McAlister talks on terrorism
Melani McAlister gave a speech outlining how terrorism has
been playing out on American TV screens for three decades.
McAlister, Assistant Prof. Of American Studies at the George
Washington University in Washington D.C., gave a talk this past Monday
titled, "A Cultural History of Fear, U. S. Television, Terrorism,
and the Middle East." She focused on U.S. understandings of terrorism
as partly molded historically by the American media and "fashioned"
extensively in U.S. popular culture. Notably, she discussed the prominent
American sentiment of terrorism post-Sept. 11 as closely related to Iranian
protests in the mid 70s.
In support of her argument, she showed a picture of an Israeli
Superman (with a Star of David on his chest, rather than and "S")
rescuing a hostage as bullets bounced off of him as a symbol of Israeli
military power after being raided by Palestinian airplane hijacks in 1976.
In the U.S., the conflict was highly televised. Dr. McAlister
asked the audience rhetorically about the meaning of the label "terrorism."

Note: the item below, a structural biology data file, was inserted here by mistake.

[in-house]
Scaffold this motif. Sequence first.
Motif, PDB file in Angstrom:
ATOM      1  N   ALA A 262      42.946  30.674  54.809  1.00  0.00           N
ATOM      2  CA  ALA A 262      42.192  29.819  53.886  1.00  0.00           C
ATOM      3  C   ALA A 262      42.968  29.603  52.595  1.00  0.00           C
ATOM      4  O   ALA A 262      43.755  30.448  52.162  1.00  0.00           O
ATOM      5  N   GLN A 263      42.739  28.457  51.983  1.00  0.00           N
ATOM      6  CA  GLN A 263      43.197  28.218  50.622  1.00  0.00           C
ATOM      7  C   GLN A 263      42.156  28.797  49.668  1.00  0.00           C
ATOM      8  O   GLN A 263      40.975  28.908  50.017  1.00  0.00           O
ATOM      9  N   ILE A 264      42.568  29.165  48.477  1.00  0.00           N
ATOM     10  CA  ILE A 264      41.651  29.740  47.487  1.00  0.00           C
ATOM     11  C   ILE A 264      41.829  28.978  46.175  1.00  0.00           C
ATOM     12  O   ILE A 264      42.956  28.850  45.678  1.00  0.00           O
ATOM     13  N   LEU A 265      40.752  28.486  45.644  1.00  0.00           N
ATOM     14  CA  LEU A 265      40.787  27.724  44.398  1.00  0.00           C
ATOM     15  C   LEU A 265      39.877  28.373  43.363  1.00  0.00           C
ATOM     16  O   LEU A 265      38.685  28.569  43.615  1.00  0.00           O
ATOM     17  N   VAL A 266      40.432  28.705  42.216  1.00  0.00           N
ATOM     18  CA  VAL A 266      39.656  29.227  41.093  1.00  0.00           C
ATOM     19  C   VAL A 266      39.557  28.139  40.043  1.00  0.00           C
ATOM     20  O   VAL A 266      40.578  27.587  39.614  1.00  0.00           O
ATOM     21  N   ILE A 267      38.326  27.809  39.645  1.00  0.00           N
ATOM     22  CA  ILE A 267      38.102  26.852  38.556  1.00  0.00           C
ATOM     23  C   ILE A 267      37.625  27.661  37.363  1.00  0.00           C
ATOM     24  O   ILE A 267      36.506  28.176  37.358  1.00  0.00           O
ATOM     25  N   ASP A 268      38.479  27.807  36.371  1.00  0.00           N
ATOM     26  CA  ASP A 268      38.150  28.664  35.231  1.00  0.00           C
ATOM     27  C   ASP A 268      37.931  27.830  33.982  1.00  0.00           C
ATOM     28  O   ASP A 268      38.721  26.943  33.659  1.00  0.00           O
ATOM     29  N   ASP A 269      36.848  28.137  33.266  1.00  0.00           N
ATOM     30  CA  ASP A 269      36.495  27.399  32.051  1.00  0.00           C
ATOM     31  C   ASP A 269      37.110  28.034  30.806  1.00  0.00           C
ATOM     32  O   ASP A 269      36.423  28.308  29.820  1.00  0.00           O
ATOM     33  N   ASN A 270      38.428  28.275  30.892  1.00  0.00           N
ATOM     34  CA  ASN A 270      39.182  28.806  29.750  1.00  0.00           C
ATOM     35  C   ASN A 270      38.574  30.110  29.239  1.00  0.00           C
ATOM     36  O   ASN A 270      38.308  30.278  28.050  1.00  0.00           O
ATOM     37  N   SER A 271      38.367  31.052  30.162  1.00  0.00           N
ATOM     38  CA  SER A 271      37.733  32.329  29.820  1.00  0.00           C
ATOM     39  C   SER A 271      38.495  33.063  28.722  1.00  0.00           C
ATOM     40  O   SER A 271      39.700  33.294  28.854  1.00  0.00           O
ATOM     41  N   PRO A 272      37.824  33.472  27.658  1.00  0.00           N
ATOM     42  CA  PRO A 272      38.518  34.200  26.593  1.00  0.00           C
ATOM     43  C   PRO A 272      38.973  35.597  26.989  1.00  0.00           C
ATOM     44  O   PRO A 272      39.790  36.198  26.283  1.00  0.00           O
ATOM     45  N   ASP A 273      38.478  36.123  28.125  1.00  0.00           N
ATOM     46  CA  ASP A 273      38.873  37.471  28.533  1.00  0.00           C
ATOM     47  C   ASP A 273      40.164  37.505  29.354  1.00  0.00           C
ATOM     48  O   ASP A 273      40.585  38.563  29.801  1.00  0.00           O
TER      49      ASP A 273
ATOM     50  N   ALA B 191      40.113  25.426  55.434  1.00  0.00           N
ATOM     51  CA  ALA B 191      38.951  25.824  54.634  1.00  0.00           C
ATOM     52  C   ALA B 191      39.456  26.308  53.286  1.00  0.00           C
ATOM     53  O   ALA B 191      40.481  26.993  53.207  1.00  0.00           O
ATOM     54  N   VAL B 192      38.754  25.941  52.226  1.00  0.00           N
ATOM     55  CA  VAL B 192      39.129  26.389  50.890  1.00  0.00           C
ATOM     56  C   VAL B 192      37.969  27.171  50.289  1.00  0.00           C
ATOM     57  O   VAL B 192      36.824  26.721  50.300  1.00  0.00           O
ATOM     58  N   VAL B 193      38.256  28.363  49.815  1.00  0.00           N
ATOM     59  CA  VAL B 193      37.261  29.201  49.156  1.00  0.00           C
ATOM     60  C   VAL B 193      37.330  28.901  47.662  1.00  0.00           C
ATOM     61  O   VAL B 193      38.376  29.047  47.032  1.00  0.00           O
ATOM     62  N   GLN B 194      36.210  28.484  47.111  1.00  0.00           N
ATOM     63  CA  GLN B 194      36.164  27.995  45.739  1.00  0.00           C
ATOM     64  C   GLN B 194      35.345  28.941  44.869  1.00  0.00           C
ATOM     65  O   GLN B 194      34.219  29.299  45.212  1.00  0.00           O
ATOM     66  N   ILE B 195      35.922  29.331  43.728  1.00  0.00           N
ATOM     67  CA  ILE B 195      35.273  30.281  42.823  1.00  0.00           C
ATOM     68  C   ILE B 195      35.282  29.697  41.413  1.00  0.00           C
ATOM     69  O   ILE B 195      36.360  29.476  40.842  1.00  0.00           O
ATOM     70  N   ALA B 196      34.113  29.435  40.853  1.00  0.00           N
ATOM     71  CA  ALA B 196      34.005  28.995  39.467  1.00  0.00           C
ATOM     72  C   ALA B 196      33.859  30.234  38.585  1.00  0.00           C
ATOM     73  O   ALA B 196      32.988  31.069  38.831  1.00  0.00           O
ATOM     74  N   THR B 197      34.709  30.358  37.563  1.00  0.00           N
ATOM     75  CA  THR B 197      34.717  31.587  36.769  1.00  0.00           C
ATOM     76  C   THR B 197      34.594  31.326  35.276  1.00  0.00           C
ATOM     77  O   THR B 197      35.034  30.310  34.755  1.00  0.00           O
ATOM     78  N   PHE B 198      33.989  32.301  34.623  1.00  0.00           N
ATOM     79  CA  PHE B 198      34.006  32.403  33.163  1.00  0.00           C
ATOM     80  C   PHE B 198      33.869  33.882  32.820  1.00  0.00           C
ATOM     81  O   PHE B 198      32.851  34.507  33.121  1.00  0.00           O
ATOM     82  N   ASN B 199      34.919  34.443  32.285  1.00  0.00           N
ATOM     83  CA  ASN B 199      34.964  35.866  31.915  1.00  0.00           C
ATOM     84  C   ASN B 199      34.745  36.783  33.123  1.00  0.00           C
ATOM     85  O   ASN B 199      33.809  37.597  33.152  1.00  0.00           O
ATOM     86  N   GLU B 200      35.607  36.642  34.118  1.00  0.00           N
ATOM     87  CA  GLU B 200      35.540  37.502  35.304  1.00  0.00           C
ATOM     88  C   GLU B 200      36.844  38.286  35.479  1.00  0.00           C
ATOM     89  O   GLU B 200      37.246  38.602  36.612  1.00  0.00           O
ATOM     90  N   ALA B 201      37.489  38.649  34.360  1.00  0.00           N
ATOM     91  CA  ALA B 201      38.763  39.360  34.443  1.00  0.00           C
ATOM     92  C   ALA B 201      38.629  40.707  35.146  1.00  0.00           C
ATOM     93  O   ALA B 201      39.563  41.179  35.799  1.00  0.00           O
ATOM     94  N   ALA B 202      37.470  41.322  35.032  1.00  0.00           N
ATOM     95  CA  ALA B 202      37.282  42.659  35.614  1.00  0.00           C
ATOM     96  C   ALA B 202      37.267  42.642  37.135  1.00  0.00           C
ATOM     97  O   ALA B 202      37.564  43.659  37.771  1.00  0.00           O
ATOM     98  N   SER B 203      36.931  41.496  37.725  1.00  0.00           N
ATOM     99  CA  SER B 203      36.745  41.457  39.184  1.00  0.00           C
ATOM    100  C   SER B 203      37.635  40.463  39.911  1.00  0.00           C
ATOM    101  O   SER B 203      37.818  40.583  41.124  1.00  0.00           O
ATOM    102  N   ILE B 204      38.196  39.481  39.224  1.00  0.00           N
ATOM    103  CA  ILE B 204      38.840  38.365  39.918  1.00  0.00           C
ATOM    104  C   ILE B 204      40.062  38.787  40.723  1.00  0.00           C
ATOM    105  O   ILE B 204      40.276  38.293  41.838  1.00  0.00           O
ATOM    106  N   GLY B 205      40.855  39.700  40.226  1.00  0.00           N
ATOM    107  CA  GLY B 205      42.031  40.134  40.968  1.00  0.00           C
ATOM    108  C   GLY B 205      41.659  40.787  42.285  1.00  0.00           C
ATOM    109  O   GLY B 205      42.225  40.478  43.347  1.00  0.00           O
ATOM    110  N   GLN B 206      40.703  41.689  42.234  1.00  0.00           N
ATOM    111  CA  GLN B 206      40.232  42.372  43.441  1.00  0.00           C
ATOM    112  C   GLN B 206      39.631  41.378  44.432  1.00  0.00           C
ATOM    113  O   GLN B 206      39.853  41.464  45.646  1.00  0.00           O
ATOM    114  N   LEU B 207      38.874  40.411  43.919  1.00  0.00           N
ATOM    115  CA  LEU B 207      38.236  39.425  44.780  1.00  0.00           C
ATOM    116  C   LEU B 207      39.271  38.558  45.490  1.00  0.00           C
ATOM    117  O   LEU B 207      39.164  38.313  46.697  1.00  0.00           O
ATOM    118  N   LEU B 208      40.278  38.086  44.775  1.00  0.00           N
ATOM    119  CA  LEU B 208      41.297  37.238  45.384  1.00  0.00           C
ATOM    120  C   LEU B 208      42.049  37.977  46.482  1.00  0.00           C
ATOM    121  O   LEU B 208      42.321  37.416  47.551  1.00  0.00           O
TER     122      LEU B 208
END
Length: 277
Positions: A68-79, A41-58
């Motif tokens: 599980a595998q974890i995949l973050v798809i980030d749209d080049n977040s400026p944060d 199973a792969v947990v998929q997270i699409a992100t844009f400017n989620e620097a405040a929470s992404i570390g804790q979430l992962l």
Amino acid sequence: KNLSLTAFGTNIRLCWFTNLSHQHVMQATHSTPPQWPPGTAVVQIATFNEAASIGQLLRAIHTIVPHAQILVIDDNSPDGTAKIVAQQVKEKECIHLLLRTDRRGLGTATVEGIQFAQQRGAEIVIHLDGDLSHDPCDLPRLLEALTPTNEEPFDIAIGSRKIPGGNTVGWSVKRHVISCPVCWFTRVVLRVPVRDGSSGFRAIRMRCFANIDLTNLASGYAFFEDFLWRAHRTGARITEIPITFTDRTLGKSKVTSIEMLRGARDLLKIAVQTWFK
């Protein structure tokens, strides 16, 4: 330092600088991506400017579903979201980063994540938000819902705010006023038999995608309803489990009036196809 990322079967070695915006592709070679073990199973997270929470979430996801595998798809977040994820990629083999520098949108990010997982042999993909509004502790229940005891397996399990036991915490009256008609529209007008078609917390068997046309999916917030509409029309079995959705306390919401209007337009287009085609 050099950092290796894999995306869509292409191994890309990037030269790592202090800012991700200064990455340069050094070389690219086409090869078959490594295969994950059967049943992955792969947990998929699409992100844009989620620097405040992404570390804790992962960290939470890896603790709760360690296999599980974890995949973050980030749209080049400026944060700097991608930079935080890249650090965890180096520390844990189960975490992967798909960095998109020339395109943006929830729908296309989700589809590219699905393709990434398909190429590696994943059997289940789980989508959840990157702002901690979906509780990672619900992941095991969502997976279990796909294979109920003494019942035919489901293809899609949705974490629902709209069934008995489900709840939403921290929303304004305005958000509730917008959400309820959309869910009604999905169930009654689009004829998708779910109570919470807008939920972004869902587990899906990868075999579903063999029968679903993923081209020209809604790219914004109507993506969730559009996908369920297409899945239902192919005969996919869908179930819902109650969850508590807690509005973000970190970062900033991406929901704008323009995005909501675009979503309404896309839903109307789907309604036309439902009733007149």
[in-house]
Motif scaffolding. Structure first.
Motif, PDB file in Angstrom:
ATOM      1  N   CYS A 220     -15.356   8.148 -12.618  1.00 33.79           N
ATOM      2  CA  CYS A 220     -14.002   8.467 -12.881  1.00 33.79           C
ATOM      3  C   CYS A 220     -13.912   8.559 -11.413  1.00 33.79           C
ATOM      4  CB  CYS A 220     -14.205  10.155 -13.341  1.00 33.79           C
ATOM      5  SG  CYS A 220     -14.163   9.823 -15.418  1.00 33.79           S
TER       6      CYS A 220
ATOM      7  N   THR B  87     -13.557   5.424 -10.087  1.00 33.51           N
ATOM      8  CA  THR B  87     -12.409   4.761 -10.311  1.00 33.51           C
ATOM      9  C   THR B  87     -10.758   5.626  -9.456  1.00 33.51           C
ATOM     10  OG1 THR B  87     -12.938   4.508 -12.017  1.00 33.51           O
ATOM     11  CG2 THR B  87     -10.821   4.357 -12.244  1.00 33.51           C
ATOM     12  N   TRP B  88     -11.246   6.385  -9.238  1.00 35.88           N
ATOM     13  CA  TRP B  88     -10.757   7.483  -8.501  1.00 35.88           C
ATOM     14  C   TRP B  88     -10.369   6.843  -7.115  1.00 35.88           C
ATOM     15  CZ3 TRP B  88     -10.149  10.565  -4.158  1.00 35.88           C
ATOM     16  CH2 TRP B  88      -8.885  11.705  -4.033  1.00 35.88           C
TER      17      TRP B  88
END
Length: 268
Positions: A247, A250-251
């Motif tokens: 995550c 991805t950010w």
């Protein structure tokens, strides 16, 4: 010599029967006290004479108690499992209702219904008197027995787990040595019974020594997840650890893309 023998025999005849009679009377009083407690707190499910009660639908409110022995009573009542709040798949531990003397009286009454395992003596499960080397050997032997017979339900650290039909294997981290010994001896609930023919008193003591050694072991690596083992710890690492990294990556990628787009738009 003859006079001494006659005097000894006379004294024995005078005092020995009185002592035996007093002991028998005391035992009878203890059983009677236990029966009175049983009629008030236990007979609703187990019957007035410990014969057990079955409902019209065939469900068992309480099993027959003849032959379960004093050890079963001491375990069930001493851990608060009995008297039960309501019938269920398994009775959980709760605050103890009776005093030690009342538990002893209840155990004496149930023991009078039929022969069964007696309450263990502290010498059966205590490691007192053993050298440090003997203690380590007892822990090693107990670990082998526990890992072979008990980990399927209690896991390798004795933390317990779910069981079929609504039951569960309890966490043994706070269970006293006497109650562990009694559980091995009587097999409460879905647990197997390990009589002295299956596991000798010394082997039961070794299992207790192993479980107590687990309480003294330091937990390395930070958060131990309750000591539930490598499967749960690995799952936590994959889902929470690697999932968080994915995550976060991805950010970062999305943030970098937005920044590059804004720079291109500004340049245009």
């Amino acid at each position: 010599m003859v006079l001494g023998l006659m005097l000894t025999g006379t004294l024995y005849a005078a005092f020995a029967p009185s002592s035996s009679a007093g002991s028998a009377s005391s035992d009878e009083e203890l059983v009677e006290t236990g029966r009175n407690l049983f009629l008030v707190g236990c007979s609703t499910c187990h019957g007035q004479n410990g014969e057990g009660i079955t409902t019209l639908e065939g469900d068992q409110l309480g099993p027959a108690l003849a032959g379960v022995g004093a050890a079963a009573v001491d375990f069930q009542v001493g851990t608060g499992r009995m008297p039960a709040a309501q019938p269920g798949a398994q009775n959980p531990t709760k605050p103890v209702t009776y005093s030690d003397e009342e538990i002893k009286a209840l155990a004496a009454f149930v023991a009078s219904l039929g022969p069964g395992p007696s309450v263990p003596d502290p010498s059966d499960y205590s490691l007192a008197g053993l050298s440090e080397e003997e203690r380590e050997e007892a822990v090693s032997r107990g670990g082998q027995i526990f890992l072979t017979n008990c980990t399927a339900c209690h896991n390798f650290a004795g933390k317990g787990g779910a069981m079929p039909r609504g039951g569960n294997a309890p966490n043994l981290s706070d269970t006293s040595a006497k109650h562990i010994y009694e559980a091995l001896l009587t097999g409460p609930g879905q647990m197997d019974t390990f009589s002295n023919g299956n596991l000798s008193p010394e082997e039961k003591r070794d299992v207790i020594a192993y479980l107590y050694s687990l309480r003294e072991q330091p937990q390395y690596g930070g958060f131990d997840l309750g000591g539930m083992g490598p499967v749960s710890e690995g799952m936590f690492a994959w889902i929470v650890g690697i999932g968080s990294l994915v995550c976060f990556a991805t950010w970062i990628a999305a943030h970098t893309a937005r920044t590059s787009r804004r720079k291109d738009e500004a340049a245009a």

She claimed, "to name something terrorism is to immediately condemn
it." She held that definitions of terrorism in the U.S. are still
not very clear, that, "in America, terrorism is like porn, they know
it when they see it."
She also discussed the televised portrayal of the American-Iranian
conflict in 1979 when the U.S. Embassy in Tehran was raided and its constituencies
held hostage for months. ABC reporter Frank Reynolds hosted a show, aired
on November 8, 1979, titled "America Held Hostage." The Special
Report (as it would be called today) shows Iranian protestors screaming
in unisonance, "Yankee Go Home!" Yet the hostages were not being
released. It is clear that the citizens of Tehran were outraged at America's
previous support of the Shah Regime in the 50s, a time when U.S. foreign
officials took gratefully the cruel dictator's offer to give the U.S.
a chance to "observe" the Middle East.
American hostages were released by the Iranian kidnappers
on January 1981, after negotiations with the Carter administration.
In the mid 80s, Chuck Norris would not be stopped from rescuing hostages in Iran in the movie, "Delta Force." Unlike the real thing that happened five years earlier, the message was clear to the American audience, "[If they are kidnapped by the barbarous multitudes], let's get our people outta there!" The clips that she showed gave good Chuck a chance to prove his patriotism as he recreated history, confirming American militancy as soldiers invaded Iranian grounds. (Fair mention to the childhood films of many Bowdoin students that featured the theme of rescue: "Die Hard" and "Rambo," the eloquent Keanu Reeves in "Speed," etc.).